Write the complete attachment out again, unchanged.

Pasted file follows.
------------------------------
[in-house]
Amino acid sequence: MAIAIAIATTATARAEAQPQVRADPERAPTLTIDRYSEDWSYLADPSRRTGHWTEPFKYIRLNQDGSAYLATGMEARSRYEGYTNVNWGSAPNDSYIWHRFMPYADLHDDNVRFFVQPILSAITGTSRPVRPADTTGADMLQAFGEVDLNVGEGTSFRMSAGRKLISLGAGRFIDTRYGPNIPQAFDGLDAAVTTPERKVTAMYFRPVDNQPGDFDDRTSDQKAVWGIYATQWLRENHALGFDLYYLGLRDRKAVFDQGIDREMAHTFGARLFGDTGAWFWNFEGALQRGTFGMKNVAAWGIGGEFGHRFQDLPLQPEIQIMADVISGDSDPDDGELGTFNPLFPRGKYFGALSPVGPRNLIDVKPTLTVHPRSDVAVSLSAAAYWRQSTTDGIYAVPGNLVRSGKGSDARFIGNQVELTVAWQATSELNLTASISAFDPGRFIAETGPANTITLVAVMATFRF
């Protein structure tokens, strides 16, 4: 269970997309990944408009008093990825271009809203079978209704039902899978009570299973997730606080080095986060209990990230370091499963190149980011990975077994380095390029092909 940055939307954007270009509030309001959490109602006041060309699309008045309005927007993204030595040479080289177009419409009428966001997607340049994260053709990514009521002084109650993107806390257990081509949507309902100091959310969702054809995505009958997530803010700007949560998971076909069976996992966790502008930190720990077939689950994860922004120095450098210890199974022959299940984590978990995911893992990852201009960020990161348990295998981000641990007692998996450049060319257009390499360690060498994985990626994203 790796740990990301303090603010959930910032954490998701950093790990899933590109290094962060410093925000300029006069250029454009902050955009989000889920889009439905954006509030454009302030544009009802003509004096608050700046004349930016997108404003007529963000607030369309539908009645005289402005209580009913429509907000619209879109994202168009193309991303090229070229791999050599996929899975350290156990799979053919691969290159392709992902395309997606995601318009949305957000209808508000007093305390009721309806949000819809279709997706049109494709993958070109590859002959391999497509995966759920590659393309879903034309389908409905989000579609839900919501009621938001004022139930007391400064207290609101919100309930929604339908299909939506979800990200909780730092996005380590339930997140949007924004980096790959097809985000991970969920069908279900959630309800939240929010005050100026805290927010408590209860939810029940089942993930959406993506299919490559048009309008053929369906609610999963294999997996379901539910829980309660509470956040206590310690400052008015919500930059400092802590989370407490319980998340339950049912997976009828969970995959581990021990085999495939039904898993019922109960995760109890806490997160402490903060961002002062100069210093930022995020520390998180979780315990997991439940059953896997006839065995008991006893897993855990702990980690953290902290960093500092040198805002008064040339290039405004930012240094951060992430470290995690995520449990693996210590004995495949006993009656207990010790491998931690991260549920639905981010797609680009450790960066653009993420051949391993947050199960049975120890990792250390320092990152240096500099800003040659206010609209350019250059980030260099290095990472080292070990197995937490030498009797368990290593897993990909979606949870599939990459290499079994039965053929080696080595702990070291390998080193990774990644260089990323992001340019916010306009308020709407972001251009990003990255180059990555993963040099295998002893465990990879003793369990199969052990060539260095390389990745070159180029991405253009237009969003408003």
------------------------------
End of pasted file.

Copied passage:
[in-house]
Amino acid sequence: MAIAIAIATTATARAEAQPQVRADPERAPTLTIDRYSEDWSYLADPSRRTGHWTEPFKYIRLNQDGSAYLATGMEARSRYEGYTNVNWGSAPNDSYIWHRFMPYADLHDDNVRFFVQPILSAITGTSRPVRPADTTGADMLQAFGEVDLNVGEGTSFRMSAGRKLISLGAGRFIDTRYGPNIPQAFDGLDAAVTTPERKVTAMYFRPVDNQPGDFDDRTSDQKAVWGIYATQWLRENHALGFDLYYLGLRDRKAVFDQGIDREMAHTFGARLFGDTGAWFWNFEGALQRGTFGMKNVAAWGIGGEFGHRFQDLPLQPEIQIMADVISGDSDPDDGELGTFNPLFPRGKYFGALSPVGPRNLIDVKPTLTVHPRSDVAVSLSAAAYWRQSTTDGIYAVPGNLVRSGKGSDARFIGNQVELTVAWQATSELNLTASISAFDPGRFIAETGPANTITLVAVMATFRF
């Protein structure tokens, strides 16, 4: 269970997309990944408009008093990825271009809203079978209704039902899978009570299973997730606080080095986060209990990230370091499963190149980011990975077994380095390029092909 940055939307954007270009509030309001959490109602006041060309699309008045309005927007993204030595040479080289177009419409009428966001997607340049994260053709990514009521002084109650993107806390257990081509949507309902100091959310969702054809995505009958997530803010700007949560998971076909069976996992966790502008930190720990077939689950994860922004120095450098210890199974022959299940984590978990995911893992990852201009960020990161348990295998981000641990007692998996450049060319257009390499360690060498994985990626994203 790796740990990301303090603010959930910032954490998701950093790990899933590109290094962060410093925000300029006069250029454009902050955009989000889920889009439905954006509030454009302030544009009802003509004096608050700046004349930016997108404003007529963000607030369309539908009645005289402005209580009913429509907000619209879109994202168009193309991303090229070229791999050599996929899975350290156990799979053919691969290159392709992902395309997606995601318009949305957000209808508000007093305390009721309806949000819809279709997706049109494709993958070109590859002959391999497509995966759920590659393309879903034309389908409905989000579609839900919501009621938001004022139930007391400064207290609101919100309930929604339908299909939506979800990200909780730092996005380590339930997140949007924004980096790959097809985000991970969920069908279900959630309800939240929010005050100026805290927010408590209860939810029940089942993930959406993506299919490559048009309008053929369906609610999963294999997996379901539910829980309660509470956040206590310690400052008015919500930059400092802590989370407490319980998340339950049912997976009828969970995959581990021990085999495939039904898993019922109960995760109890806490997160402490903060961002002062100069210093930022995020520390998180979780315990997991439940059953896997006839065995008991006893897993855990702990980690953290902290960093500092040198805002008064040339290039405004930012240094951060992430470290995690995520449990693996210590004995495949006993009656207990010790491998931690991260549920639905981010797609680009450790960066653009993420051949391993947050199960049975120890990792250390320092990152240096500099800003040659206010609209350019250059980030260099290095990472080292070990197995937490030498009797368990290593897993990909979606949870599939990459290499079994039965053929080696080595702990070291390998080193990774990644260089990323992001340019916010306009308020709407972001251009990003990255180059990555993963040099295998002893465990990879003793369990199969052990060539260095390389990745070159180029991405253009237009969003408003």